What does service mean to you?
I’m sure the answer would be quite personal and insightful into who you are and how you think.
To do? To check? To fix? Maintain?
Silver? Secret? Car? Or Church?
Lend a hand? Bob-a-job?
Honour? Duty? Or obey?
We see the language of service a lot in civil society and this is where I’ll be focussing on within this post.
I feel that society is at the very early stages of a change into an entirely new form. This transition is being made possible by networks and hyper-connectivity between people and purpose.
This shift contains the potential for entirely new ways of organising and cooperating as a society and civilisation.
Many people are recognising elements of this change and refer to it with slightly different language.
Transactional to relational.
Mechanistic to ecosystems.
Complicated to complex.
There is an irony contained within all of these in that there is much similarity in how indigenous and ancient cultures viewed the world. Not as a world of singular elements but as a cohesive whole.
Their world view and ancestorial common sense may have high value for us in a world of relationships.
A world of relationships being one that hyper-connectivity is today pressurising us to make sense of.
Ecosystems are what I’ll stick with as I attempt to explain my thoughts.
A garden is an example of an ecosystem.
I would argue that not one part of that garden is in service to any other part. That’s not how nature works.
Secondly, it has a life of its own which can only be understood in totality (the ecosystem or as abstract form).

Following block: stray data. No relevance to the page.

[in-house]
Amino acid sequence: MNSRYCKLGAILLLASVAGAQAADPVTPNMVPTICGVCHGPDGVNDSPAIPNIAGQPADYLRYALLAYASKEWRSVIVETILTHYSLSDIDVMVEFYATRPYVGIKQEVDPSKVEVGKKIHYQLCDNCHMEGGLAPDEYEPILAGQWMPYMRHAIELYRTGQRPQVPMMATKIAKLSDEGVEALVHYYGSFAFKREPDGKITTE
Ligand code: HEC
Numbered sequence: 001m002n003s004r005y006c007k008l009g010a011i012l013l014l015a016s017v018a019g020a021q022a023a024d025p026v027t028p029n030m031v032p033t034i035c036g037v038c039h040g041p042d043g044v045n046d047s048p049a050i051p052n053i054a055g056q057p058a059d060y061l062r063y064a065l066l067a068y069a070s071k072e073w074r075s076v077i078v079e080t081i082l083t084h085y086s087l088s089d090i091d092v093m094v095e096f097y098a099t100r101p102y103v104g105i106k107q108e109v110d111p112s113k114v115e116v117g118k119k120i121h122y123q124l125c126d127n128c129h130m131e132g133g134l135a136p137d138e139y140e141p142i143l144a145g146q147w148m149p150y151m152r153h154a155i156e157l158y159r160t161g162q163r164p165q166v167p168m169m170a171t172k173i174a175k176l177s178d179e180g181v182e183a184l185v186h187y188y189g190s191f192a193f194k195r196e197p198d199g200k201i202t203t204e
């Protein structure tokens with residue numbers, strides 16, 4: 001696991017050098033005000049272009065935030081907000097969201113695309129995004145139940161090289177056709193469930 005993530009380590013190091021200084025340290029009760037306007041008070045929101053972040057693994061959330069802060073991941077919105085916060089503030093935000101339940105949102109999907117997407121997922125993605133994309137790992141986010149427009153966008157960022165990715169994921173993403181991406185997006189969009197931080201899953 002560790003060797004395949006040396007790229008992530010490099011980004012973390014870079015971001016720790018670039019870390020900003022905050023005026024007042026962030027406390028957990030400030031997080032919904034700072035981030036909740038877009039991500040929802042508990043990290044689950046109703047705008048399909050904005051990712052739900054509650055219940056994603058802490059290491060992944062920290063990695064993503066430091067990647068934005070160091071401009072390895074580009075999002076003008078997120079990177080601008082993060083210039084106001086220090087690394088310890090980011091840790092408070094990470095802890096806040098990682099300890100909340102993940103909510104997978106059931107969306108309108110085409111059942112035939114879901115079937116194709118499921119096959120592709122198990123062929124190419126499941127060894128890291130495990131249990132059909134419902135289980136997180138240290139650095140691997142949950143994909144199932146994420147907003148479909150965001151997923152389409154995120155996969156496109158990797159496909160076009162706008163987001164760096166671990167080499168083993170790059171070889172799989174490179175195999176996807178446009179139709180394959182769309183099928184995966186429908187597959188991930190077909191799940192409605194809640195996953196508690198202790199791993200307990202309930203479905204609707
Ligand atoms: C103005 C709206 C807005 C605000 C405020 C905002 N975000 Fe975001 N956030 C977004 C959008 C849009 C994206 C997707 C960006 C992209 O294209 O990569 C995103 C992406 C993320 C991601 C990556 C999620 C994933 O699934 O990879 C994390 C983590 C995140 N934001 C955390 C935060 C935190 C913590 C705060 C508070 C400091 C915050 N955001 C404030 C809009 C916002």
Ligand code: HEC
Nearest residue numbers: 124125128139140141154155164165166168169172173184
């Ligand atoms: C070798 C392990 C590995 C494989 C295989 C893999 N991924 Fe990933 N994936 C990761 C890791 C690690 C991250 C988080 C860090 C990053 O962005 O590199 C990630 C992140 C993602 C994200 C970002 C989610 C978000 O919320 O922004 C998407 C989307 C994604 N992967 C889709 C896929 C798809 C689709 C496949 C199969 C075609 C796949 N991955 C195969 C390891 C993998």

Thirdly, it is life giving and sustaining. As well as being alive and consisting of life, it is also constantly giving birth to new life.
Now the reason I’m saying these things is because there is a way to look at that same garden and to say that everything within it is ‘of service’ to everything else.
The bee is in the service of the pollinating plants and so on and so forth.
But isn’t this just us anthropomorphising through our commonly accepted modern humanistic view of how our ‘constructed’ and ‘entirely artificial’ civilisation (institutions and organisations) function?
We are taking our understanding of how human society is ‘perceived by us’ to operate and then applying it to the natural world.
Let’s face it. The bee is not in service to the plant. That’s just silly.
It’s not like there’s an SLA somewhere.
I think there comes a point as we look at and understand ecosystems or nature that we need to make a real effort to change how we think, and make use of language, ideas and metaphors which are more suitable for the conditions we’re trying to work with.
It might make more sense to say that everything within a garden makes a contribution? Although this is perhaps explanatory language, and explanations more often than not run short of reality.
It is as only as we come into relation with nature or ecosystems through study or experience that I feel we begin to reach different and more intimate levels of understanding about how things really work.
We become able to ask big questions from a fresh starting point.
What is it? What is it for? What is it doing? Why are we here?
These questions all reveal knowledge and insights which we wouldn’t have realised before.
Revelations about us and about the world. Yes.
But it is also that deep within these searching questions we find ourselves approaching an ancient, ever flowing and revitalising wellspring.
Somewhere in its waters, between our questions and responses — in our relationship to it — exists our meaning, purpose and fulfilment.
Meaning, purpose and fulfilment
As civil society organisations an ecosystemic understanding moves us away from isolated and insulated ways of viewing the world and our role within it.
The Garden is a metaphor through which the world appears differently.
It opens up our boundaries and moves us into relation with everything else.